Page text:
News in brief - 18 March
Scots ICA expulsion
The Scottish ICA has expelled an Aberdeen-based sole practitioner, after finding him guilty of professional misconduct. Alan Young, a chartered accountant, was found guilty of professional misconduct by an earlier inquiry for acting as an auditor for a client company, Credo Scotland, for the financial year ended 28 February 1995 when he did not possess registered auditor status. The institute has granted an interim order suspending Young from investigation until it concludes its disciplinary investigation.
FSB attack on IASB Federal Accounting Standards Board chairman Ed Jenkins launched an attack on the International Accounting Standards Board’s reform proposals this week. As members of the IASC prepared to meet in Washington DC for an open council meeting, Jenkins said: ‘While we agree with the IASC’s objectives of working toward a single set of high-quality accounting standards, we don’t believe that the proposed new structure will accomplish that goal.’
Police need wide audit Police stations need a nationwide audit to determine how to rationalise resources and make annual savings of #6m, the Audit Commission said yesterday. A report investigating the management of the police estate has revealed that the 7,000 properties, worth at least #2.6bn, cannot cater properly for new technology and current working practices. Surplus space worth #110m has not yet been sold.
College in finance strife A National Audit Office investigation of Gwent Tertiary College revealed that it had run into financial difficulties and made an operating deficit of #6.8m in 1996/1997. The NAO blamed a poor management restructuring exercise and inadequate financial information.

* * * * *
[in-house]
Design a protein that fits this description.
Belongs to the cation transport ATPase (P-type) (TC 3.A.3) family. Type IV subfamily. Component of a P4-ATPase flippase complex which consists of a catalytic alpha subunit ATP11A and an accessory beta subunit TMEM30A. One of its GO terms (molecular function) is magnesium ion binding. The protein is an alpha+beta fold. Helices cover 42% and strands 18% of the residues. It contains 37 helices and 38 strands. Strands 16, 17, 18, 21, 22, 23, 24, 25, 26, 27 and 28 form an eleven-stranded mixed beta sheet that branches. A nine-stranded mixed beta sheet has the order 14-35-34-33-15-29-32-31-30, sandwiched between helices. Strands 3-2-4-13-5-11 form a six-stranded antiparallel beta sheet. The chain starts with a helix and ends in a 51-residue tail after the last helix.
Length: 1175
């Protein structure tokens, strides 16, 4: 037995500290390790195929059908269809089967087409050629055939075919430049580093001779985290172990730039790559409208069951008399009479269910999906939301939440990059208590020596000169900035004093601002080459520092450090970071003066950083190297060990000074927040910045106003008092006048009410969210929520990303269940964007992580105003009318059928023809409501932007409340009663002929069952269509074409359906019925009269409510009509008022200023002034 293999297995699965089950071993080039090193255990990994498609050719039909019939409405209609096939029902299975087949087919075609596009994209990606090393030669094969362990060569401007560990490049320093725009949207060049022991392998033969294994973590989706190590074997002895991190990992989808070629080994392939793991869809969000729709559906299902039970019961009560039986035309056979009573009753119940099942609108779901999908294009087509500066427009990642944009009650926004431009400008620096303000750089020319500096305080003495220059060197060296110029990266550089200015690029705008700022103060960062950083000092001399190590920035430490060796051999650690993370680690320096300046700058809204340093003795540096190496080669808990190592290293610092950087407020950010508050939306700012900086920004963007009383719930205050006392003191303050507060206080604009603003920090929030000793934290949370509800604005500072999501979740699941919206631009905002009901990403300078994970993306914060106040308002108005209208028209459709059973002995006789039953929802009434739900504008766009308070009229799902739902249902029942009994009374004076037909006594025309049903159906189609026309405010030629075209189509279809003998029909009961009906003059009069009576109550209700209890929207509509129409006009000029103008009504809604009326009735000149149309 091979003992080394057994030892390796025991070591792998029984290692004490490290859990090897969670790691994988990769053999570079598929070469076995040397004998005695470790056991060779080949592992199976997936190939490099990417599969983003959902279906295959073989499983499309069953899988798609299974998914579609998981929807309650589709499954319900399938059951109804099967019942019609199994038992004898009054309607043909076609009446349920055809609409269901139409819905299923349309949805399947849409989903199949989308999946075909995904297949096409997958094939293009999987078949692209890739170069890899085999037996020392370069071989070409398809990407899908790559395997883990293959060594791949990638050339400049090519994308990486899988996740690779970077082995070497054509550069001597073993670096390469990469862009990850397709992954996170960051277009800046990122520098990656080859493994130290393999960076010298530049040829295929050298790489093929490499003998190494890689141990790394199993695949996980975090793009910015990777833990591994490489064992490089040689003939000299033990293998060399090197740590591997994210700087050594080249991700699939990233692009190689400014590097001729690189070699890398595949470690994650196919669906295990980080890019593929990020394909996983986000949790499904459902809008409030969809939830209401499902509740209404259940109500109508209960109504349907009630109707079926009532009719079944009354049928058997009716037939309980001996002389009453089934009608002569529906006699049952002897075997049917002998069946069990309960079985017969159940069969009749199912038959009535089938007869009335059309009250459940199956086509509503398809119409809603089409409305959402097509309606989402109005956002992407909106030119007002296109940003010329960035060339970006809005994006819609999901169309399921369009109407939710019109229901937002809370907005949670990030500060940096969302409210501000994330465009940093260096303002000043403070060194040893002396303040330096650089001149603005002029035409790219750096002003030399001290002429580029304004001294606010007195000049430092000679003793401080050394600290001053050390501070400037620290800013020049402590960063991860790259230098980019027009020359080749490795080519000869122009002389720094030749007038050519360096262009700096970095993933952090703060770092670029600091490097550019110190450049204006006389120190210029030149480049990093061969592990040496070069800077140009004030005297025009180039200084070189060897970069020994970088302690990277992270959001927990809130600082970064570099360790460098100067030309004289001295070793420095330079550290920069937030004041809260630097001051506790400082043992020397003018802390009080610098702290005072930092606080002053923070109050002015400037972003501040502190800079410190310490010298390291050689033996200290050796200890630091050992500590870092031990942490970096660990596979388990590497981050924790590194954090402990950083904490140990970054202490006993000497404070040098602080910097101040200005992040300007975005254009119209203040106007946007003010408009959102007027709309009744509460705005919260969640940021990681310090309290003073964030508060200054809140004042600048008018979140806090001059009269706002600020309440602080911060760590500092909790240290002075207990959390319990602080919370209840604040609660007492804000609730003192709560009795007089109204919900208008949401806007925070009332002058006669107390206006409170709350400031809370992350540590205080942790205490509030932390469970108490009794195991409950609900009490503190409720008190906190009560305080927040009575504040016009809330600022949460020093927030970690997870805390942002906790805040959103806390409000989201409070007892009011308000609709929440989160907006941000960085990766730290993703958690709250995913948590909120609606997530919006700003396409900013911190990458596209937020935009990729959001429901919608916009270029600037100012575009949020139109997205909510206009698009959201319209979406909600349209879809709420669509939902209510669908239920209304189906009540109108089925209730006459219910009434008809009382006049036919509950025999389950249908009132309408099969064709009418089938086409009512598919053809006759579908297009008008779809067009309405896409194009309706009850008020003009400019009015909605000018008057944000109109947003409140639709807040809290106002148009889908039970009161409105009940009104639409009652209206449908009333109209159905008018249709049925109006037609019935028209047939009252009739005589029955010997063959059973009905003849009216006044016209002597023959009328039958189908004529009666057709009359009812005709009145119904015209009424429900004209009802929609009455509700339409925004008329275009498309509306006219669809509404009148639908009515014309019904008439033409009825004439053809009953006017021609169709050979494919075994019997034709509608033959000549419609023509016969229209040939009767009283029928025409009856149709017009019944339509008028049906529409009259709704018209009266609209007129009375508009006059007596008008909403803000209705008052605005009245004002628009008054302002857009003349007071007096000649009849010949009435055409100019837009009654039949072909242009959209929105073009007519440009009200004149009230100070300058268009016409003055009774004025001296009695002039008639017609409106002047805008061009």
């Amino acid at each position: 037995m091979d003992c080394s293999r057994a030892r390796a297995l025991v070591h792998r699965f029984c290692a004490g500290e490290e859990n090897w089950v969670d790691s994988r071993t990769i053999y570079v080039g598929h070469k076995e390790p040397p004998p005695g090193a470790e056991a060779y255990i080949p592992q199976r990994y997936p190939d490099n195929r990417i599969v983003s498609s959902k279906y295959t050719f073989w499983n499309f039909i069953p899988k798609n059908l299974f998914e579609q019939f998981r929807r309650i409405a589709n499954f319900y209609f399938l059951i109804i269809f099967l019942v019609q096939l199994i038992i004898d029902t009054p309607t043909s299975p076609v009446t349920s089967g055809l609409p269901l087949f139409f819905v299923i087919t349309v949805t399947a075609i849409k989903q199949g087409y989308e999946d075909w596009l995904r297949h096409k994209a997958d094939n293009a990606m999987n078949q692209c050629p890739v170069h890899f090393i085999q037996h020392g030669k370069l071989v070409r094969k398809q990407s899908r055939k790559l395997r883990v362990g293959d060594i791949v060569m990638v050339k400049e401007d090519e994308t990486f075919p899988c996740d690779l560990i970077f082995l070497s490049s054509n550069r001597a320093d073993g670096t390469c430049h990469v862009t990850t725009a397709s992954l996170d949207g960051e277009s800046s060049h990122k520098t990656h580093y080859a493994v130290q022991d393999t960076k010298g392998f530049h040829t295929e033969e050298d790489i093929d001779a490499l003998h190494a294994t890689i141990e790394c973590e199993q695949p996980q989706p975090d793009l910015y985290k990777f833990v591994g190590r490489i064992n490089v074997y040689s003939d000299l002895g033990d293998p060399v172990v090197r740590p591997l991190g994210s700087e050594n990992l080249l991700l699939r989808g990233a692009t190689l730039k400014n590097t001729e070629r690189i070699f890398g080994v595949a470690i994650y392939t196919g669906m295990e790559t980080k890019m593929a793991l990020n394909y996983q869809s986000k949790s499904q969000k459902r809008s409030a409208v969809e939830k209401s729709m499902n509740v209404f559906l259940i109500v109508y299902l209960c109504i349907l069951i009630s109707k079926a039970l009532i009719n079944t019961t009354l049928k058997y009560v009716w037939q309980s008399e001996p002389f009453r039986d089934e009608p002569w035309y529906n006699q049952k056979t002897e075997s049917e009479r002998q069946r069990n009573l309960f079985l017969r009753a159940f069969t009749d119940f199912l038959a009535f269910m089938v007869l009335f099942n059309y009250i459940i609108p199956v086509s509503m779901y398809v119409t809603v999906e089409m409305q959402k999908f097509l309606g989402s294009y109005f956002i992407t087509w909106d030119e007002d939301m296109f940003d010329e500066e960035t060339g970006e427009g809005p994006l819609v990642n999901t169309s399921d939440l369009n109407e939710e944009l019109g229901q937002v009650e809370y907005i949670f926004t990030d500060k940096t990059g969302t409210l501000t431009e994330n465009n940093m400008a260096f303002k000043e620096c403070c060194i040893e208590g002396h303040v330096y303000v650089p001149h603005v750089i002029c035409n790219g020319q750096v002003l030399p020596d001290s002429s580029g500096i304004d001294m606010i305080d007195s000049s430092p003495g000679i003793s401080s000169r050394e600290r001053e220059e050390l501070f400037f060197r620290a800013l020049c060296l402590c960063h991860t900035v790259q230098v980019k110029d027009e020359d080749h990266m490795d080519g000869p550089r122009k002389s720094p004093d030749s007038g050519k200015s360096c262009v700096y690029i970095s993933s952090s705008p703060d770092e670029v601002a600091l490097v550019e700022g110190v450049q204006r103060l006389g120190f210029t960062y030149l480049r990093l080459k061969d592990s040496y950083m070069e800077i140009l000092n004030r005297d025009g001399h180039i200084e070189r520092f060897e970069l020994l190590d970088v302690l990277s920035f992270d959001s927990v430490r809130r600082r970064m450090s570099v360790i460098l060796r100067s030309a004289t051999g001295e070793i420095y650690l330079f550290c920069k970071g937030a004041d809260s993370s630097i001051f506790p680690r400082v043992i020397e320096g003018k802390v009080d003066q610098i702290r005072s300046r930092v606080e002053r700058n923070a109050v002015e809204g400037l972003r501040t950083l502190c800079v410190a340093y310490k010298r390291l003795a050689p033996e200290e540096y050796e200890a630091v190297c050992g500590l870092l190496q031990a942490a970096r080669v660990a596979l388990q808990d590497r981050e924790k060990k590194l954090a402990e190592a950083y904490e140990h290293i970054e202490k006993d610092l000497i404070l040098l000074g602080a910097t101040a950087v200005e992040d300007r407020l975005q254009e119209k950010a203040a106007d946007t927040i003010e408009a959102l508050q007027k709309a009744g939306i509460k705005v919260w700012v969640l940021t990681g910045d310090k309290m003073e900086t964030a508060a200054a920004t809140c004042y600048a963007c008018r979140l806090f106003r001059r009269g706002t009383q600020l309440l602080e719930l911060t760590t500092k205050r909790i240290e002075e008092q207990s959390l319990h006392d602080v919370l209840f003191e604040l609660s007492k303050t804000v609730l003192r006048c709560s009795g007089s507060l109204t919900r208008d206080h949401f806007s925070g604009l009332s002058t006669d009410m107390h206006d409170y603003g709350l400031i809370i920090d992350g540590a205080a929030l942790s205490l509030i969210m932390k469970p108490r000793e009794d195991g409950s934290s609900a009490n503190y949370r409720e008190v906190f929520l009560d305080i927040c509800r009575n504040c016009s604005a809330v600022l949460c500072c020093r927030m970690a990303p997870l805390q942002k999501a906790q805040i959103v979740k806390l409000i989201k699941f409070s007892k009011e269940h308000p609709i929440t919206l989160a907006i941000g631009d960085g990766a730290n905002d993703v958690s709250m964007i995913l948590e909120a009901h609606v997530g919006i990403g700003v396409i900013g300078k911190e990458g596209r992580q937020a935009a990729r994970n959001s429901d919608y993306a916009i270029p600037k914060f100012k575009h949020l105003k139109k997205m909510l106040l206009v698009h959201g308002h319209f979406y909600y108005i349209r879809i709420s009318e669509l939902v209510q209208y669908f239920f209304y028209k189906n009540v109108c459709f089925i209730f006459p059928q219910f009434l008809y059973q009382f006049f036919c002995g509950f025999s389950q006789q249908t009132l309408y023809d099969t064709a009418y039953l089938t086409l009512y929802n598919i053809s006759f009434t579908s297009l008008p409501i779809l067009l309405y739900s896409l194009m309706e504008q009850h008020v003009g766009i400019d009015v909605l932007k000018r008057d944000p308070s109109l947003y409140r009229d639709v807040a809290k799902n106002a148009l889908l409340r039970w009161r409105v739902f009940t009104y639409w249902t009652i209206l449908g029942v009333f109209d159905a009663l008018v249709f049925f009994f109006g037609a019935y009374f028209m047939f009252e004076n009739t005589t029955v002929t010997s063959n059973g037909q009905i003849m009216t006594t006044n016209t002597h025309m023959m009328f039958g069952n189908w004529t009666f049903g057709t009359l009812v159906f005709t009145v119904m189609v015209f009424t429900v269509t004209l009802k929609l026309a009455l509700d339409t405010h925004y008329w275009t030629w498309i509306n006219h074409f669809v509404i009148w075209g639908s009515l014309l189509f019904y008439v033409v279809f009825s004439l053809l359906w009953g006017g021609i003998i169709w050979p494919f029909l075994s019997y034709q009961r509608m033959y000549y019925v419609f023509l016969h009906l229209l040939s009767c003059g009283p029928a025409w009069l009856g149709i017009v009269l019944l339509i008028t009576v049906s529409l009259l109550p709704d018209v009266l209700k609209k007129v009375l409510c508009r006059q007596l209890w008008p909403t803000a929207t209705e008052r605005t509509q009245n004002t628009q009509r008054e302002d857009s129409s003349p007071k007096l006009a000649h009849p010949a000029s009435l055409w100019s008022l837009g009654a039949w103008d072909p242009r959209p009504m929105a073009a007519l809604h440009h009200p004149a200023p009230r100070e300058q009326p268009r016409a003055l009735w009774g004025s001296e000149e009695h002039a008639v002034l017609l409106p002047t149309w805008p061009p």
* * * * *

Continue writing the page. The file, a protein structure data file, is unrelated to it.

FD #0.5m windfall Rail regulators have given the green light to construction company John Laing’s plans to increase its share of Chiltern Railways’ holding company, M40 Trains, from 26% to 84%. The deal ensures Chiltern finance director Tony Allen will receive a #0.5m pre-tax windfall. Chiltern is the last of the privatisation management buy-outs to be sold on.
MPs pension reform call Stronger protection against seizure in cases of personal bankruptcy for less formal pension arrangements is being urged in a report from the Commons Social Security Committee. MPs have recommended rights for divorced former wives which provide the same degree of protection to all kinds of pension provision.
Paper on double tax The Inland Revenue has published a discussion paper on the #5bn in double taxation relief offered to British companies. Britain has more than 100 double-tax agreements with other countries.
Web discount on tax return The government is proposing to offer discounts to businesses that file tax returns electronically. The online facility, announced by the chancellor in last week’s Budget, will be available for self-assessment returns from next year. Customs & Excise said 700 companies are already using its pilot website to lodge their monthly Intrastat reports.
PAC slams FAMIS The Commons Public Accounts Committee has slammed the introduction of the computerised FAMIS system for the Council for the Central Laboratory of the Research Councils, which cost almost double the original #544,000 contract fee.The new head of the council Albert Westwood confirmed there was still the possibility of litigation against supplier Coopers & Lybrand, hardware producer Data General, and software creator Oracle, but said it now worked properly.